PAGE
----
Published by Douglas Messerli, the World Cinema Review features full-length reviews on film from the beginning of the industry to the present day, but the primary focus is on films of intelligence and cinematic quality, with an eye to exposing its readers to the best works in international film history.
Kejni Mizoguchi | Yoru no onnatchi (Women of the Night)
by Douglas Messerli
Yoshikata Yoda (story, based on the
novel by Eijirō Misaita), Kenji Mizoguchi (director) Yoru no onnatachi (Women of
the Night) / 1948, USA 1979
Kenji Mizoguchi’s powerful post-war film
is also somewhat problematic. A woman, Fusako Owada (Kinuyo Tanaka) whose
husband has not yet returned from the war, is living, rather uncomfortably,
with her tubercular son with her husband’s brother. The brother has little
income, and Fusako and her ailing child must often fend for themselves.
Attempting to sell one of her summer dresses, Fusako is told by the seemingly
friendly clothes-merchant that she should try prostitution, which shocks the
Back at home, her teenage sister-in-law, Kumiko (Tomie Tsunoda) arrives
to report that there is news of Fusako’s husband. Together they rush to his
former place of employment, only to discover that, after surviving throughout
the war, he has died of malnutrition, leaving behind only a few personal belongings;
even his worn uniform has been destroyed. The head of the company, Mr. Kuriyama
(Sanae Takasugi) offers his condolences and his help if needed.
Soon after, Fusako’s child falls into a
seizure and dies. Cutting into the future, we see Fusako, now better dressed,
on the street, where she accidently encounters her long-missing sister,
Natsuko, and the two take tea to celebrate their reunion.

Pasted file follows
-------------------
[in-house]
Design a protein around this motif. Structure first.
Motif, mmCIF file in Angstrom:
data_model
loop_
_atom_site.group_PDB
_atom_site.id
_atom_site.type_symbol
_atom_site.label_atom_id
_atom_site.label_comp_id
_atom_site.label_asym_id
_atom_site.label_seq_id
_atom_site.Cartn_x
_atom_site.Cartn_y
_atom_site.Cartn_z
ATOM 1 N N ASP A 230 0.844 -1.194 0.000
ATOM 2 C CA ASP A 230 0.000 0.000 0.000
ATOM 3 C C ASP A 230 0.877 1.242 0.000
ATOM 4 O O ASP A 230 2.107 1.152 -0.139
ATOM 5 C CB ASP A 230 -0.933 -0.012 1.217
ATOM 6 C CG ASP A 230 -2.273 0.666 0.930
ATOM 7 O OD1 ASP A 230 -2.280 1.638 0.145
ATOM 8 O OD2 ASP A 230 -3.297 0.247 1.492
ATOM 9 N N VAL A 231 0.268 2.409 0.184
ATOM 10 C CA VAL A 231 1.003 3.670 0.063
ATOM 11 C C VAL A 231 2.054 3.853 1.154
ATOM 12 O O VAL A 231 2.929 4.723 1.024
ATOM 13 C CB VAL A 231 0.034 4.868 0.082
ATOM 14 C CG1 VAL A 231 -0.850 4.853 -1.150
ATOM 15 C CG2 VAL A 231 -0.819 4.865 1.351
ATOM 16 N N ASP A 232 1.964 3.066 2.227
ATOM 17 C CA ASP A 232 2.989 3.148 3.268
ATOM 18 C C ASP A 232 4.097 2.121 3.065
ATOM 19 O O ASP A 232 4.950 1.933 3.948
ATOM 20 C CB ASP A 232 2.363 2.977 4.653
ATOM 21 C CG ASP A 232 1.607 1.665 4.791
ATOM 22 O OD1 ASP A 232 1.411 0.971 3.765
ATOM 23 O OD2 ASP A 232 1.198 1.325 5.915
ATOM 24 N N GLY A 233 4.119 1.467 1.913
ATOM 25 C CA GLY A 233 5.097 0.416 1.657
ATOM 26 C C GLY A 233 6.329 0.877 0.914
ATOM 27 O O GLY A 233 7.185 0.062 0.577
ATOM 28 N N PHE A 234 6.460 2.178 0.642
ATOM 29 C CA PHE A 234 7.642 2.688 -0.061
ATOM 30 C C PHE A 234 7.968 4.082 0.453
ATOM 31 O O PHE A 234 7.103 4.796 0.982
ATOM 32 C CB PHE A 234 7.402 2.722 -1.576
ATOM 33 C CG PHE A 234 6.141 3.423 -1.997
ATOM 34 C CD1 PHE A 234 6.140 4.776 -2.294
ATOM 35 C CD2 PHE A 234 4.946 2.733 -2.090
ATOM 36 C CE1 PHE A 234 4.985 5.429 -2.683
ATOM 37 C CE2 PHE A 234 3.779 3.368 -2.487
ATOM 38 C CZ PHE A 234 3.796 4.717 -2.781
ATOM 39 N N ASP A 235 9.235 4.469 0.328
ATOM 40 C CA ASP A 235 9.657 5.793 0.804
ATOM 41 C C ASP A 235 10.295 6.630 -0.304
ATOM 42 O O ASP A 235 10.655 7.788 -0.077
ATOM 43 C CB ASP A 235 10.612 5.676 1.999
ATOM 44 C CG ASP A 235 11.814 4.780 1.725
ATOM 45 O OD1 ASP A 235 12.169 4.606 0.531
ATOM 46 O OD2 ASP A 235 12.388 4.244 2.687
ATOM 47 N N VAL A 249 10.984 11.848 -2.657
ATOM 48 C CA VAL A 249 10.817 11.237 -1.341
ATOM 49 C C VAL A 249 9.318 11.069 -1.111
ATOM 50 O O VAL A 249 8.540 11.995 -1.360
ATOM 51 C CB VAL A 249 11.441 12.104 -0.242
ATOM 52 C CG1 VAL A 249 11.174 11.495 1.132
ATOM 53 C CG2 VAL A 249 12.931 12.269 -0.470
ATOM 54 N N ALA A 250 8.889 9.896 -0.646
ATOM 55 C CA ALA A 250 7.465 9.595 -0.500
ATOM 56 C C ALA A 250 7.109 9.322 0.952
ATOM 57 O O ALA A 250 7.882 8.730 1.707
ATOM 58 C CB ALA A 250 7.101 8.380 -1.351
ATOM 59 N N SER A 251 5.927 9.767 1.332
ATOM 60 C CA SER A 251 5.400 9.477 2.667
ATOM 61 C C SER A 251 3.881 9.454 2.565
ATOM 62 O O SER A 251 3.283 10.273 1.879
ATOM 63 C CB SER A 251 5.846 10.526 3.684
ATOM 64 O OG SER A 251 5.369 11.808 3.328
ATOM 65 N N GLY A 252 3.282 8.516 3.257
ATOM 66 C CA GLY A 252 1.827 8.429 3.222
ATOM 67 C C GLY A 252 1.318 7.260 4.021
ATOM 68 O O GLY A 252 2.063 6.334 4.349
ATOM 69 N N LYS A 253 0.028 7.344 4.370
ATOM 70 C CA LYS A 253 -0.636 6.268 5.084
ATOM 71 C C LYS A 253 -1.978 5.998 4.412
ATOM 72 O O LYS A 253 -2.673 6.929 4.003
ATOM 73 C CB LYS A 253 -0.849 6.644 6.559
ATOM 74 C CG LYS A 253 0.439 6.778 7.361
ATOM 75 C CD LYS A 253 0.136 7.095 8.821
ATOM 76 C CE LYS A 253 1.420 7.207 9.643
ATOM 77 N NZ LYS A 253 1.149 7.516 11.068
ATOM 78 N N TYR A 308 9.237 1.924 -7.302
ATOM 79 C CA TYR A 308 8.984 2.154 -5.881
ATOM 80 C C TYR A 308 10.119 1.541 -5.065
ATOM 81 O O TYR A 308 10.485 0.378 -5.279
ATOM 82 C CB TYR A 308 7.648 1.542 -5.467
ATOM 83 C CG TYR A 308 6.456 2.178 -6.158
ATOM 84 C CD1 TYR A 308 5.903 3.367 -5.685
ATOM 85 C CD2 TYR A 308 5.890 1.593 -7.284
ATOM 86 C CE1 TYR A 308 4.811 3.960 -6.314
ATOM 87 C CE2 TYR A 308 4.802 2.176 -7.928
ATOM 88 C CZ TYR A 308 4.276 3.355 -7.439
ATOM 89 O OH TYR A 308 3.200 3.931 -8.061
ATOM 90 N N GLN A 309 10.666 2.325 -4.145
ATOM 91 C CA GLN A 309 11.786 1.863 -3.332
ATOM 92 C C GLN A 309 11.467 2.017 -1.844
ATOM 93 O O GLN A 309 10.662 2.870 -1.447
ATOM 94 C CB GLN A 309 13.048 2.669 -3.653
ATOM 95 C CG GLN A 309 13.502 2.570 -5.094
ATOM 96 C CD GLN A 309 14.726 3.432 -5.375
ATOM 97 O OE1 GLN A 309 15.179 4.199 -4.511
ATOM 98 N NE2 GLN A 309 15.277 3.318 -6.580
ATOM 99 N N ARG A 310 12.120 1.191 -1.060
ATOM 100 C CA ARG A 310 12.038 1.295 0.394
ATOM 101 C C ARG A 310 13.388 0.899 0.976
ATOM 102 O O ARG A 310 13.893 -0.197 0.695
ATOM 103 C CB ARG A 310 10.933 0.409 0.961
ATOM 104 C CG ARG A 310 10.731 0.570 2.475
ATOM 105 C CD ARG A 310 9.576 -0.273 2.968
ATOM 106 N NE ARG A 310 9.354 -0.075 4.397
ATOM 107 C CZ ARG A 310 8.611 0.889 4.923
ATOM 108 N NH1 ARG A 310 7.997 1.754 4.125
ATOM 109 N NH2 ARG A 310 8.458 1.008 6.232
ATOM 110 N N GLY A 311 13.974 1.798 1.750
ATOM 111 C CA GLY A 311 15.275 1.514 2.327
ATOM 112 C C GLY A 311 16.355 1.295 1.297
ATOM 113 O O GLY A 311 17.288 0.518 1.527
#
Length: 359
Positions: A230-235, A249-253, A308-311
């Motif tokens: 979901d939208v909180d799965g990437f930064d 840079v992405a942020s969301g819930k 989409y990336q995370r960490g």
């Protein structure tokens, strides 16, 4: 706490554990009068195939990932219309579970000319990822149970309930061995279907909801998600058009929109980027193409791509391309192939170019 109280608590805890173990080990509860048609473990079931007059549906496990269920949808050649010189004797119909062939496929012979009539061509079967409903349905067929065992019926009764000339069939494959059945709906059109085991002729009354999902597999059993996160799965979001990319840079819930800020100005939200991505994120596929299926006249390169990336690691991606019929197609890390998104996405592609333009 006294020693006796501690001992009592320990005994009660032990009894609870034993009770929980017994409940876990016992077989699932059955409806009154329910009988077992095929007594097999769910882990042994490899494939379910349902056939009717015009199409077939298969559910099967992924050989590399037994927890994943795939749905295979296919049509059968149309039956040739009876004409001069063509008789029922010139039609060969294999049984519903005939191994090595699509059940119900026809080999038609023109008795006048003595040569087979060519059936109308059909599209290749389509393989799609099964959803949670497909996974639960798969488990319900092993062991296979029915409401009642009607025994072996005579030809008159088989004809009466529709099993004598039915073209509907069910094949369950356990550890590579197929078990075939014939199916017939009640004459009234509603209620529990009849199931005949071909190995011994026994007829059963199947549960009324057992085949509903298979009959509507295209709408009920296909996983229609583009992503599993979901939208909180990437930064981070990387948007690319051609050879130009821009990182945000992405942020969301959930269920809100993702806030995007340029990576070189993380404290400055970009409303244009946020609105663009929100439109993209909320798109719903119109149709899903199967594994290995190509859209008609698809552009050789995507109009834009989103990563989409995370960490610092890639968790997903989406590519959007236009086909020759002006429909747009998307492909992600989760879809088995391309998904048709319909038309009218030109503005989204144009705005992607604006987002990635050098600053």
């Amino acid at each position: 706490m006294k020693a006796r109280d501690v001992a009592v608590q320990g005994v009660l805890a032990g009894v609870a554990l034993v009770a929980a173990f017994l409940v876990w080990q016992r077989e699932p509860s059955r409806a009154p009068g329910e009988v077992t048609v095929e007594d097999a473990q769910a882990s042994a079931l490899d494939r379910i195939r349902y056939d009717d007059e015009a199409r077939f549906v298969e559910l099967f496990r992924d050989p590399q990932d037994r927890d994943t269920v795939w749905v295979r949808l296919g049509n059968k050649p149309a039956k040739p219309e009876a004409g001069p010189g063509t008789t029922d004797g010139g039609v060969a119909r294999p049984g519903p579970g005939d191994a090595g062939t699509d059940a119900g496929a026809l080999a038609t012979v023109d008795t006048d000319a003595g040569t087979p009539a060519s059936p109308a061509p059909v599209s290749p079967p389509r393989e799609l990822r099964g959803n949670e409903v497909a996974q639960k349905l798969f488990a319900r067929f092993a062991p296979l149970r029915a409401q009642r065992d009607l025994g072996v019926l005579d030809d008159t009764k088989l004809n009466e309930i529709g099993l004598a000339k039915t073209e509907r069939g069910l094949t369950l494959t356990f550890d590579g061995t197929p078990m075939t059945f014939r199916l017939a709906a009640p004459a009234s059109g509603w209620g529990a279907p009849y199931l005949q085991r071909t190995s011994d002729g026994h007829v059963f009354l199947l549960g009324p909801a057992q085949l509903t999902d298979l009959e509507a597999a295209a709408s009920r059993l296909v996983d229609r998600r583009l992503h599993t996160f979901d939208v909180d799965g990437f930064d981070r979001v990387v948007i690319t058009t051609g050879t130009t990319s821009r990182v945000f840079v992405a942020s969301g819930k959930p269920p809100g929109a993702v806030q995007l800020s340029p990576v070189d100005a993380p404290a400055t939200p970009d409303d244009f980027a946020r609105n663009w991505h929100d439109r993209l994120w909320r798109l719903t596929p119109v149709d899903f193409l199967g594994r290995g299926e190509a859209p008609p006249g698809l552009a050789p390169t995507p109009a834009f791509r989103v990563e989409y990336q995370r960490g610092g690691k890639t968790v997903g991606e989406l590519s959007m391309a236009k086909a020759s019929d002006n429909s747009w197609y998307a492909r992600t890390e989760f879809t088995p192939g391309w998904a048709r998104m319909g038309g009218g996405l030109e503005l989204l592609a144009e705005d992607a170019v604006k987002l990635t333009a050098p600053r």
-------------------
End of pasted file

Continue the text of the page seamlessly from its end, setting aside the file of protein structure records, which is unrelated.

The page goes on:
Natsuko, we discover, is working as “dance hall hostess,” and Fusako is
now working as an executive secretary to Mr. Kuriyama. Natusuko asks if she
might move in with her sister, and Fusako agrees. After an utterly depressing
beginning, accordingly, it now appears that the world has improved for the two
sisters. However, as soon discover, Fusako’s price for her position is the
sexual attentions of her boss, who we also discover is smuggling cocaine. While
Kuriyama’s is away on business appointment, his assistant rushes into his
office report to Fusako that the police are on their way, entrusting a large
cache of the drug to the secretary, who is told to hide it in her home.
When she arrives home, she discovers her door is locked from inside.
When Natsuko finally opens it up, we discover Mr. Kuriyama within; the two have
obviously been also having an affair. Furious with the betrayal, Fusako leaves
home, disappearing from her sister’s and Kuriyama’s life. Secretly, she has
taken the clothes-merchant’s advice and tutelage (the elderly woman also
apparently serves as pimp for several women), joining the numerous
street-walkers of Osaka.
If some critics have complained of Mizoguchi’s cuts across space and
time in the story I have recounted so far, I would argue that instead of
creating confusion, it allows the inevitable surprises of life itself, and we
quickly assimilate these alterations in the condition of his character’s lives.
Yet the sudden transformation of Fusako, while perhaps inevitable given the
difficulties of her life, seems almost inexplicable. How could a woman
horrified of the concept when she was in greater need, suddenly turn to such a
way of life? We must wait until later in the film, perhaps, to comprehend a
rationale: her utter hate of men, and her desire, after being lied to by
Kuriyama, to seek revenge.
When Natsuko discovers that her sister
has been spotted on the streets, she goes in search of her, but is mistakenly
arrested with numerous other prostitutes in a police round-up. Once the women
are booked, they are taken to a prison hospital and tested for syphilis. At the
hospital, the two sisters again meet up, Natsuko explaining her mistaken
arrest. Although Fusako is now angry with her sister, she remains protective,